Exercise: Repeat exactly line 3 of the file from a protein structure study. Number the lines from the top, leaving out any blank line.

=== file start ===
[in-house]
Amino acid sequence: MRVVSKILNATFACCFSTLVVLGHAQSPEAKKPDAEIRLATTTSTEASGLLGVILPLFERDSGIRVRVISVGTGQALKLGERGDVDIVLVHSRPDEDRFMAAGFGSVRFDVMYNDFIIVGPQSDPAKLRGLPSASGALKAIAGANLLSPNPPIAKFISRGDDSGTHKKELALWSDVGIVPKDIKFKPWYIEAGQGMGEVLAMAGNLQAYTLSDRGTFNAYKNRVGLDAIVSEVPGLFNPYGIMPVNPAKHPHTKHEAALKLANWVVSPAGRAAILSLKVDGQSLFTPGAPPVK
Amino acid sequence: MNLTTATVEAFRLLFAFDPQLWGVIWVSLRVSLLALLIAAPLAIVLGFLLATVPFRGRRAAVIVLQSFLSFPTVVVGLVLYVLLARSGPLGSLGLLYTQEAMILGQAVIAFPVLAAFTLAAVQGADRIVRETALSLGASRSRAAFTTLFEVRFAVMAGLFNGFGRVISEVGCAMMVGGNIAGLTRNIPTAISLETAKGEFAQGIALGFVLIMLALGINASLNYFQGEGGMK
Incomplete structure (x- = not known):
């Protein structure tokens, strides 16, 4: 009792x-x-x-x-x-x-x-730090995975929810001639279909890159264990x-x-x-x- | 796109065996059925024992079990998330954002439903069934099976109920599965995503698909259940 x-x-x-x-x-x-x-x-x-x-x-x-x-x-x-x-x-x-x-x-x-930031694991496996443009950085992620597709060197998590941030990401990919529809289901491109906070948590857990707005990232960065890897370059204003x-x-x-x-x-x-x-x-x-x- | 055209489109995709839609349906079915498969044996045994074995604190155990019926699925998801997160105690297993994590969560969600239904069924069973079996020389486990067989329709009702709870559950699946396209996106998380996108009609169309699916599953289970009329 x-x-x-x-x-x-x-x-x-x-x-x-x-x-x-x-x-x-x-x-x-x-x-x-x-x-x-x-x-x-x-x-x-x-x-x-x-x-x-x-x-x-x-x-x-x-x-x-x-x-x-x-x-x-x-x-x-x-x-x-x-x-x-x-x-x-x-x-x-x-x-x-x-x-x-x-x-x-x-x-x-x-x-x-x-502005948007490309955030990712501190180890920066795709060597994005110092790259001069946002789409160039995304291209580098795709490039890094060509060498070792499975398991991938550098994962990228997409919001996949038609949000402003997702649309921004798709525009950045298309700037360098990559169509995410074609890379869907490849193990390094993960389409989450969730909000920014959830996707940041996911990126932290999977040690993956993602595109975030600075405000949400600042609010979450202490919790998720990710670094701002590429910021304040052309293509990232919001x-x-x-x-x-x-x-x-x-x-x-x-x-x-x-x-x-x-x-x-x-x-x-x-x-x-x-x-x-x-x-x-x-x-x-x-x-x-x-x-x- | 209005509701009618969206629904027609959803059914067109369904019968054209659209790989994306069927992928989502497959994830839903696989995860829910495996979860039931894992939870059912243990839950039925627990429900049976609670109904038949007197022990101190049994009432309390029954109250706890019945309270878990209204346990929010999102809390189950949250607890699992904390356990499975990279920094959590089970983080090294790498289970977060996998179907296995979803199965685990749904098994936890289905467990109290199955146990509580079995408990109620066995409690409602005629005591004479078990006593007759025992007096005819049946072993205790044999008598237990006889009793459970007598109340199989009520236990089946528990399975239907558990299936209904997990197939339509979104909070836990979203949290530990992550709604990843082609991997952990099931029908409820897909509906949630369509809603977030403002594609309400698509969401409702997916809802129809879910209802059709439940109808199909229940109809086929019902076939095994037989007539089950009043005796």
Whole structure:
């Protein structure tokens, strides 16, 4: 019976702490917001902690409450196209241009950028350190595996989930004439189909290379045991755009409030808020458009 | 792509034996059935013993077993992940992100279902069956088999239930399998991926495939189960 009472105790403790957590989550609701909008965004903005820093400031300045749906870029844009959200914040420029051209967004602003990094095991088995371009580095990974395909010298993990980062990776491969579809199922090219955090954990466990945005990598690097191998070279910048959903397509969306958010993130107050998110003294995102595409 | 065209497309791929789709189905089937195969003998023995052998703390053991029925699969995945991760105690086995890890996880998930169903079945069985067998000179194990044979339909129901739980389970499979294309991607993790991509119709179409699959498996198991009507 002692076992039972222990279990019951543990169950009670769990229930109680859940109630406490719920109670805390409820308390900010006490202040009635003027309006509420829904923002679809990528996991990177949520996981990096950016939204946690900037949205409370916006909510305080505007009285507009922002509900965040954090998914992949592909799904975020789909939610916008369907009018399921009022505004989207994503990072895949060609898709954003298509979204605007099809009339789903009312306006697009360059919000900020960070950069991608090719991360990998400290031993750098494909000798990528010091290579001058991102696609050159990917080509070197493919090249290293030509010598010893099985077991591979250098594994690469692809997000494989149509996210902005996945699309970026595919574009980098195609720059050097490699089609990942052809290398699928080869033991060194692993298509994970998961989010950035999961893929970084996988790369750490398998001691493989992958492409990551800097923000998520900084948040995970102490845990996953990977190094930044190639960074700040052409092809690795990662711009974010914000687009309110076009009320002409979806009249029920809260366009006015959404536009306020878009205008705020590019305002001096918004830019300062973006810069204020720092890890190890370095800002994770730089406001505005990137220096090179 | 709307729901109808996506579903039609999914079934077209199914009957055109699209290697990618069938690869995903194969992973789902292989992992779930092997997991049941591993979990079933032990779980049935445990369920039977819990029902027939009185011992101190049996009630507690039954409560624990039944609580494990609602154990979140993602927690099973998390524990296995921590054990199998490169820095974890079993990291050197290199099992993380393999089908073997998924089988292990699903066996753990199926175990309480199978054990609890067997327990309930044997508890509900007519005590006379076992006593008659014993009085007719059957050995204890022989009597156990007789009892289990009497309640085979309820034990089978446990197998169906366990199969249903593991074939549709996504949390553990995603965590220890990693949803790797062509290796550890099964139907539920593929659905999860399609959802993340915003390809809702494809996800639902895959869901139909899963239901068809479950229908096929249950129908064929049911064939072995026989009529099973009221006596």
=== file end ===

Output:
Amino acid sequence: MNLTTATVEAFRLLFAFDPQLWGVIWVSLRVSLLALLIAAPLAIVLGFLLATVPFRGRRAAVIVLQSFLSFPTVVVGLVLYVLLARSGPLGSLGLLYTQEAMILGQAVIAFPVLAAFTLAAVQGADRIVRETALSLGASRSRAAFTTLFEVRFAVMAGLFNGFGRVISEVGCAMMVGGNIAGLTRNIPTAISLETAKGEFAQGIALGFVLIMLALGINASLNYFQGEGGMK